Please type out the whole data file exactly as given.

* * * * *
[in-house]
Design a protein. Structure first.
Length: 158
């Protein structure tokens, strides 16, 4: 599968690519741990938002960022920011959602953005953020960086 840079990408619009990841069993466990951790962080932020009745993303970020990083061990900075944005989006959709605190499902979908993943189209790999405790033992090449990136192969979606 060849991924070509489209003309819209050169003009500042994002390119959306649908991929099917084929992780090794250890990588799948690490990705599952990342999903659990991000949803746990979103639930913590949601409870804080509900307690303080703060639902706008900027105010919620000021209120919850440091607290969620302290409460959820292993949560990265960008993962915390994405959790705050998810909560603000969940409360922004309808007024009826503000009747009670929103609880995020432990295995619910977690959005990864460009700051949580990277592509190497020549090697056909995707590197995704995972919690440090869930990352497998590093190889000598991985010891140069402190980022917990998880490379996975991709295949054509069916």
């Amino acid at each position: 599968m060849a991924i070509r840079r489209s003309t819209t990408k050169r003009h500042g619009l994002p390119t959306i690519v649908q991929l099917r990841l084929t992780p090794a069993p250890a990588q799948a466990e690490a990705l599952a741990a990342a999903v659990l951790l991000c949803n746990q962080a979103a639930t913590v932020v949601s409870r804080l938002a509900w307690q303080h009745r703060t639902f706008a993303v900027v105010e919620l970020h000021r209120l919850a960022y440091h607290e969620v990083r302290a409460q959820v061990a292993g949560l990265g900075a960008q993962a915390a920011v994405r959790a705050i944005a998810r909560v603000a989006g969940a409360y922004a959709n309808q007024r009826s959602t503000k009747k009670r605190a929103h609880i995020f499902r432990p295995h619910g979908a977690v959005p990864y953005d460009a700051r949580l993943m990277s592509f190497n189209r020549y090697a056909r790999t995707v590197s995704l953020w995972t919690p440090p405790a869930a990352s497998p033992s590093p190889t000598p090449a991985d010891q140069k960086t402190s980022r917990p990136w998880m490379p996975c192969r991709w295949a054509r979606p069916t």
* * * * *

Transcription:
[in-house]
Design a protein. Structure first.
Length: 158
């Protein structure tokens, strides 16, 4: 599968690519741990938002960022920011959602953005953020960086 840079990408619009990841069993466990951790962080932020009745993303970020990083061990900075944005989006959709605190499902979908993943189209790999405790033992090449990136192969979606 060849991924070509489209003309819209050169003009500042994002390119959306649908991929099917084929992780090794250890990588799948690490990705599952990342999903659990991000949803746990979103639930913590949601409870804080509900307690303080703060639902706008900027105010919620000021209120919850440091607290969620302290409460959820292993949560990265960008993962915390994405959790705050998810909560603000969940409360922004309808007024009826503000009747009670929103609880995020432990295995619910977690959005990864460009700051949580990277592509190497020549090697056909995707590197995704995972919690440090869930990352497998590093190889000598991985010891140069402190980022917990998880490379996975991709295949054509069916």
């Amino acid at each position: 599968m060849a991924i070509r840079r489209s003309t819209t990408k050169r003009h500042g619009l994002p390119t959306i690519v649908q991929l099917r990841l084929t992780p090794a069993p250890a990588q799948a466990e690490a990705l599952a741990a990342a999903v659990l951790l991000c949803n746990q962080a979103a639930t913590v932020v949601s409870r804080l938002a509900w307690q303080h009745r703060t639902f706008a993303v900027v105010e919620l970020h000021r209120l919850a960022y440091h607290e969620v990083r302290a409460q959820v061990a292993g949560l990265g900075a960008q993962a915390a920011v994405r959790a705050i944005a998810r909560v603000a989006g969940a409360y922004a959709n309808q007024r009826s959602t503000k009747k009670r605190a929103h609880i995020f499902r432990p295995h619910g979908a977690v959005p990864y953005d460009a700051r949580l993943m990277s592509f190497n189209r020549y090697a056909r790999t995707v590197s995704l953020w995972t919690p440090p405790a869930a990352s497998p033992s590093p190889t000598p090449a991985d010891q140069k960086t402190s980022r917990p990136w998880m490379p996975c192969r991709w295949a054509r979606p069916t």